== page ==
Uniform Trust Code Revives the Historical Purposes of Trusts and Reiterates the Importance of the Settlor's Intent, The
Patterson, Benjamin D.
INTRODUCTION|An accepted principle of trust law is that a trust exists for the benefit of its beneficiaries and the trustee has a duty to manage the assets of the trust for the benefit of those beneficiaries. Traditionally, the trustee had a duty to carry out the settlor's intent regarding the terms of the trust and the settlor was permitted to set forth the duties of the trustee in the trust instrument. The Uniform Trust Code ("UTC"), adopted by twenty-one jurisdictions, codifies the common-law principle that a settlor's intent controls the provisions of the trust, while also setting forth a standard that creates both uniformity and predictability. Courts in jurisdictions not adopting the UTC lack both a standard and guidance when determining issues of trust law. This Article will first demonstrate that the historical purposes of living trusts were to benefit the beneficiary and that the settlor's intent was a controlling factor in enforcing and interpreting trust agreements. This Article will then examine the UTC's attempt to codify a uniform approach to balance the beneficiary's interests and the settlor's intent. This Article will then discuss critic's opposition pertaining to the need to follow the settlor's intent as well as the "benefit-the-beneficiary" rule provided for in the UTC. Next, this Article will evaluate cases from jurisdictions that have adopted the UTC...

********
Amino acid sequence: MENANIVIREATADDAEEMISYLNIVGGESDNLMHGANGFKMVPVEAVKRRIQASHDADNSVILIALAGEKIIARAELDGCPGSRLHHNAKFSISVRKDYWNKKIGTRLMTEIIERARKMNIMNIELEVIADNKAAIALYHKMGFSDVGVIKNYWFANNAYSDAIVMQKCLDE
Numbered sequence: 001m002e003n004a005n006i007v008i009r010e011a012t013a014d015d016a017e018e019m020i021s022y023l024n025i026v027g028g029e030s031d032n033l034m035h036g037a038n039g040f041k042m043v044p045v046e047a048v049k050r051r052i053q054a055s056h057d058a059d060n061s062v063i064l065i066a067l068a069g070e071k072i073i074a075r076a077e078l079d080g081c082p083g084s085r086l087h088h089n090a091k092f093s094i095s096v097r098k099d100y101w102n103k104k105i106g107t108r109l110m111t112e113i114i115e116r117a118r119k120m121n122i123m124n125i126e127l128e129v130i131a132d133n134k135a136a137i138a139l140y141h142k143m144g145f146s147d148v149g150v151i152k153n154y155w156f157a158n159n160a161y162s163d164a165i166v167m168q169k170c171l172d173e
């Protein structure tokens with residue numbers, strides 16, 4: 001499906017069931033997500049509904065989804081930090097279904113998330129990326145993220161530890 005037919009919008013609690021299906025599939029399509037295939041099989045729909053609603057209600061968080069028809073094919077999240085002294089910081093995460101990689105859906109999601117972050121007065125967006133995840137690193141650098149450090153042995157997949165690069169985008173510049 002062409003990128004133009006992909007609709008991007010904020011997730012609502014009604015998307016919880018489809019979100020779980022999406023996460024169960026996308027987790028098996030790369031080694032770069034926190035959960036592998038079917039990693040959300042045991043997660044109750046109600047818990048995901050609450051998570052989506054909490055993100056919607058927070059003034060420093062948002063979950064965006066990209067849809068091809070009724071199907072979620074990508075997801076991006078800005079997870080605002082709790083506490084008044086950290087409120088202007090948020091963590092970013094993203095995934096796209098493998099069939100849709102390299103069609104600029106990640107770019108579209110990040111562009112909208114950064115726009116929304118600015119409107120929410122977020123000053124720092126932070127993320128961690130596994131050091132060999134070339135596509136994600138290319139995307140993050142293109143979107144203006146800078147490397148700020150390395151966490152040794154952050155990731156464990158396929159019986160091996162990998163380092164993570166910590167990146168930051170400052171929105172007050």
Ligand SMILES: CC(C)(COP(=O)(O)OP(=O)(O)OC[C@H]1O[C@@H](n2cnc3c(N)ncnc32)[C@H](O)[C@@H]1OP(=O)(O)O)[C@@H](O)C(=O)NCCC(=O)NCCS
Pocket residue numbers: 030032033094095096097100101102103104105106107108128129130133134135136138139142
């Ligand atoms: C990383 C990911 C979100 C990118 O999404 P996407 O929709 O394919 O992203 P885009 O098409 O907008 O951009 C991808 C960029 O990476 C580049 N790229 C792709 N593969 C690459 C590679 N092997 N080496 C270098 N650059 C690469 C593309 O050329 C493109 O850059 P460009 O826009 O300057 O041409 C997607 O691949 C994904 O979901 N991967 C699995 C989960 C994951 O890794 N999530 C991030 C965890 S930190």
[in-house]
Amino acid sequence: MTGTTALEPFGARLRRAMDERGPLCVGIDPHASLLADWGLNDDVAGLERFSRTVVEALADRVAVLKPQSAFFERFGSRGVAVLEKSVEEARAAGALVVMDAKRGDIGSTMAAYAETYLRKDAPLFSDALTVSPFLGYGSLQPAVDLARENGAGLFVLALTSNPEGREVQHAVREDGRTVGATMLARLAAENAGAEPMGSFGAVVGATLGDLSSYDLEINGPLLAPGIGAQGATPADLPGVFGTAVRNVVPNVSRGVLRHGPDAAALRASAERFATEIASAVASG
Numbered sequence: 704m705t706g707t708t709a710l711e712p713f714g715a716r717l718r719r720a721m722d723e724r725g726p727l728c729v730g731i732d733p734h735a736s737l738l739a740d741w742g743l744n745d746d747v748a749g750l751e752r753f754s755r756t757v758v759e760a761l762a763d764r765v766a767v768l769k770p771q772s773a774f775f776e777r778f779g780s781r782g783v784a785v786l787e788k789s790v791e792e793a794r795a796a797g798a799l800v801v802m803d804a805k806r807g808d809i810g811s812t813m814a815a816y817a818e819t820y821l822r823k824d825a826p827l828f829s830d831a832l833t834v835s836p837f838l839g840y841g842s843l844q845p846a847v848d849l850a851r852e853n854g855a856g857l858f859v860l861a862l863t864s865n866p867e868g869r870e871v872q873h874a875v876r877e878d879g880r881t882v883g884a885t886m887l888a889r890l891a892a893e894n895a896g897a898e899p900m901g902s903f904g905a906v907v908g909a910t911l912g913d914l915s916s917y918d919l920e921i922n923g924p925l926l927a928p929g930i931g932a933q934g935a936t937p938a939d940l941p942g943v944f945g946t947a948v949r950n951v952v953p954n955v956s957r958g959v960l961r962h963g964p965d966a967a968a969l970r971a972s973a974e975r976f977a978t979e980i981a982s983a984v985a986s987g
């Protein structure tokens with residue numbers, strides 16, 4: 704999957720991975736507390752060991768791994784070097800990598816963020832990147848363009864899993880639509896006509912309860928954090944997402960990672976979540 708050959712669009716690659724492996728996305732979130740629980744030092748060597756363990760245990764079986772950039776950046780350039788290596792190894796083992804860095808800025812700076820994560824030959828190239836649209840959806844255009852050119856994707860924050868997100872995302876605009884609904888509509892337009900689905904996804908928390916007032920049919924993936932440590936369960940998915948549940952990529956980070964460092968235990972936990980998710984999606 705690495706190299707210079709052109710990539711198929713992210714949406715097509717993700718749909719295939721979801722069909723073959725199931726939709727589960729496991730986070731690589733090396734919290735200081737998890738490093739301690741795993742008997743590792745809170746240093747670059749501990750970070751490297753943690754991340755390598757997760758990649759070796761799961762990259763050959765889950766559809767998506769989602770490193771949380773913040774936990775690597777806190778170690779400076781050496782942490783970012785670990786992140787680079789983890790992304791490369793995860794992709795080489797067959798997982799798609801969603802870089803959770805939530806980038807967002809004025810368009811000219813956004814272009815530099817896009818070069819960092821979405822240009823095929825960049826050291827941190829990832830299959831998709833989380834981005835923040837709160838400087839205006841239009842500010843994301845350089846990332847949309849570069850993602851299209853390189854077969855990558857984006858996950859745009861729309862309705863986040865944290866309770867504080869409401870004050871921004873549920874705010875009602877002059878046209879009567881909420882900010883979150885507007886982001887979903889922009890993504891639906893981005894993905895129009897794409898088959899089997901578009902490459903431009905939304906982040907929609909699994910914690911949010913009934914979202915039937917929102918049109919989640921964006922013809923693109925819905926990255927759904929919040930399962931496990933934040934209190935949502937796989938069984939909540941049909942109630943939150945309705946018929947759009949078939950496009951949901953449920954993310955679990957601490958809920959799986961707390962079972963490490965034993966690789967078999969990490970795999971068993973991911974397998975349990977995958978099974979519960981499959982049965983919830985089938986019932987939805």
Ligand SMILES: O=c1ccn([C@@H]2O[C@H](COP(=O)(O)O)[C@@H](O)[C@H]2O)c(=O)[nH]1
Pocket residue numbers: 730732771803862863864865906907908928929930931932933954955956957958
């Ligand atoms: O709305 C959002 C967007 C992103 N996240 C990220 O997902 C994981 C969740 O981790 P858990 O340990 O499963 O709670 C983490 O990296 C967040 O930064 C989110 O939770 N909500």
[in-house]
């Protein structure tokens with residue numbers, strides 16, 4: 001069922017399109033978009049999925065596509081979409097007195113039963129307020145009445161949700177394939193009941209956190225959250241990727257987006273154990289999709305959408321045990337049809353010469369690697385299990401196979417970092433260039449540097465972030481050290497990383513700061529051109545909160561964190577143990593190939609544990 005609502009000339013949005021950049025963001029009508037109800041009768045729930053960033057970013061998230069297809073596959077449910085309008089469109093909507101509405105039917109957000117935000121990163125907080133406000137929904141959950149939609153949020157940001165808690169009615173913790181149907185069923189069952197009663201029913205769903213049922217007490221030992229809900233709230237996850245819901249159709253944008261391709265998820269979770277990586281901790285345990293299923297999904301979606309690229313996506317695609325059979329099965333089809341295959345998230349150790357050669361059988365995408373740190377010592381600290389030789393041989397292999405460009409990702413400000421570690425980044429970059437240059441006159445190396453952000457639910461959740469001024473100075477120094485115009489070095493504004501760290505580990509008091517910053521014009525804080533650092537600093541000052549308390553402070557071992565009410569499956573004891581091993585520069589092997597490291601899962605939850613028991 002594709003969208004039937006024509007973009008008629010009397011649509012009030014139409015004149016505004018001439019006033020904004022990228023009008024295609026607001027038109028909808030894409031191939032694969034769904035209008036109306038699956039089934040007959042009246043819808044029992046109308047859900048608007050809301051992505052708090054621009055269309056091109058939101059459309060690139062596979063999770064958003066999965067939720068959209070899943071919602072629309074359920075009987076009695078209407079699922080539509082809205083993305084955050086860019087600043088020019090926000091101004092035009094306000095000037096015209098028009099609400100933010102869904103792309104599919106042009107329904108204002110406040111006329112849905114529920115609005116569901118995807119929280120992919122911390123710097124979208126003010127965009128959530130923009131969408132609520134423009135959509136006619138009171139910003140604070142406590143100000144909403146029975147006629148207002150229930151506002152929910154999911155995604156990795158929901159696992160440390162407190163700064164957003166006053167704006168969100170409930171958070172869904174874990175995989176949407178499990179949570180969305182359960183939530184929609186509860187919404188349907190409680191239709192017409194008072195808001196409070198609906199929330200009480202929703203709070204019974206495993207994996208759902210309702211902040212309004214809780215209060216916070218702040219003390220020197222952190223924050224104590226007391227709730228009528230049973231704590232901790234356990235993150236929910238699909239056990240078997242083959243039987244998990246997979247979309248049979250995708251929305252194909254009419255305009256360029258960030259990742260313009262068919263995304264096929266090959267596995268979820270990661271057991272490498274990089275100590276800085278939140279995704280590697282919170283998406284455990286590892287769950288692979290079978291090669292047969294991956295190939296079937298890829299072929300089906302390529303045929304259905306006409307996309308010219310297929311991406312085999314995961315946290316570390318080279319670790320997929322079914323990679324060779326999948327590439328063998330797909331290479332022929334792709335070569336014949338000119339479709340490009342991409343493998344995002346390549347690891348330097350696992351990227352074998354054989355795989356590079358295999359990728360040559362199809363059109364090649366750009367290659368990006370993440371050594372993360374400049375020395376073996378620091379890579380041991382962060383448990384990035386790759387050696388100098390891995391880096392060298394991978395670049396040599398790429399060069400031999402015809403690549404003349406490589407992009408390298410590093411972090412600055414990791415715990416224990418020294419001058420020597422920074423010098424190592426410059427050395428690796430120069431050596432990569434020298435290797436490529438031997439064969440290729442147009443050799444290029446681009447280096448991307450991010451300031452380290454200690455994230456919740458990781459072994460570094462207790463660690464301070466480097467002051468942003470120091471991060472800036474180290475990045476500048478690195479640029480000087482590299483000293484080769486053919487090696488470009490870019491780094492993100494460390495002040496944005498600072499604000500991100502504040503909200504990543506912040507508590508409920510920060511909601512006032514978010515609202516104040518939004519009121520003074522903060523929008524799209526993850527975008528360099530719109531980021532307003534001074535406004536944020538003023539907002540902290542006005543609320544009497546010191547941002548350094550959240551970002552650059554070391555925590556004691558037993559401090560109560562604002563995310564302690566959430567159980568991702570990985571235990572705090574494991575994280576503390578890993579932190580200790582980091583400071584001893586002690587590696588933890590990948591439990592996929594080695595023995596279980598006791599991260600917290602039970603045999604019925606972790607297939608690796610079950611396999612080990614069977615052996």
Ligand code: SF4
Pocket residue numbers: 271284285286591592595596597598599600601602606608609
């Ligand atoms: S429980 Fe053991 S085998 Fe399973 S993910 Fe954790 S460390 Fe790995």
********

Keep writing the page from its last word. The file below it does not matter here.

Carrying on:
43 Creighton L. Rev. 905 (2009-2010)
Creighton University School of Law